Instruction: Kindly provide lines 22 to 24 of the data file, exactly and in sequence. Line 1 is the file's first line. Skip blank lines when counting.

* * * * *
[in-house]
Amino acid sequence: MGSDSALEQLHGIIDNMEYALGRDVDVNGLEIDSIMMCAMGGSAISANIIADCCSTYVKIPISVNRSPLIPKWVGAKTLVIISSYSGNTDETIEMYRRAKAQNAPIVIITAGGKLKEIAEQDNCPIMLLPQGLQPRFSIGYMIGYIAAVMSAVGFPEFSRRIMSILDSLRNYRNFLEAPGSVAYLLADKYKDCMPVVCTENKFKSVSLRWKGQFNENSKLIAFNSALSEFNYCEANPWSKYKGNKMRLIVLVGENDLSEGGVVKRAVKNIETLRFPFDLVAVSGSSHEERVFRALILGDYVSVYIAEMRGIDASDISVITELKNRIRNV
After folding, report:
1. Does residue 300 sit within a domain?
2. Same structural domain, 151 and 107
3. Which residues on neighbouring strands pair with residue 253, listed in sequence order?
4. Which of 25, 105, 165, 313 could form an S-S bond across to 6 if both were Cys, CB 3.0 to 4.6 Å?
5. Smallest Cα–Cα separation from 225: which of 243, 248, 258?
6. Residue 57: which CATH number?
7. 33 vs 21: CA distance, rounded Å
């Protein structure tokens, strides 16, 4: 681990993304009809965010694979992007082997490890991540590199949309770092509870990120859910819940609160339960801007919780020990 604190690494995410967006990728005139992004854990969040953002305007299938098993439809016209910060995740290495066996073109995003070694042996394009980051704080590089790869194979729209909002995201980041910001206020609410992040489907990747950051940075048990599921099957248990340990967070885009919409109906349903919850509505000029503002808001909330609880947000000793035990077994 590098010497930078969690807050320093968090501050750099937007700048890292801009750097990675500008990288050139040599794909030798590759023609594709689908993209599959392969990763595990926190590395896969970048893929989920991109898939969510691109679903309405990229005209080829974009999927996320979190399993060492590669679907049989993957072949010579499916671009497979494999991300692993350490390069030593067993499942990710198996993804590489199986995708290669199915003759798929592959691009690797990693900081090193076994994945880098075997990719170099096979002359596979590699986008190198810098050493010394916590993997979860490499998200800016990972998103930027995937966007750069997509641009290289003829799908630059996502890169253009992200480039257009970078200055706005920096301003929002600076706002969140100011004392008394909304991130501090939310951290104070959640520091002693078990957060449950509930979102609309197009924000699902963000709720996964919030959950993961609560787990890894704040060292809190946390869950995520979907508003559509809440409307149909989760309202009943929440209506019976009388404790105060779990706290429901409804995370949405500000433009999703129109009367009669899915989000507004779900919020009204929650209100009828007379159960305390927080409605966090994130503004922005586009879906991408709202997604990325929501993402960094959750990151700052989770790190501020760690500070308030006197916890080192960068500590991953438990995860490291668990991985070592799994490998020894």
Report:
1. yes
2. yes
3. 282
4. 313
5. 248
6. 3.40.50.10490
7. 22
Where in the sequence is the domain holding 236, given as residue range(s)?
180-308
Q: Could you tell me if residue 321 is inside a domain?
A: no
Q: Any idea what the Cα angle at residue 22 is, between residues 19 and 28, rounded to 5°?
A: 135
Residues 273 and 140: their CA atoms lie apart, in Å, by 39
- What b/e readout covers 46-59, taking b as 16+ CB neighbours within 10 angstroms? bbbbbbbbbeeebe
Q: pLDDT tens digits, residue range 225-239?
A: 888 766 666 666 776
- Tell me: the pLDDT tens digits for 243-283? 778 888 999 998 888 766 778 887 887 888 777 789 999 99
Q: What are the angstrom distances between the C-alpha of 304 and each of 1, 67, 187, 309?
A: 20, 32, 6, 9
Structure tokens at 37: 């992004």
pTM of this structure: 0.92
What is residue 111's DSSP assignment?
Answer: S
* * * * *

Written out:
Q: Could you tell me if residue 321 is inside a domain?
A: no
Q: Any idea what the Cα angle at residue 22 is, between residues 19 and 28, rounded to 5°?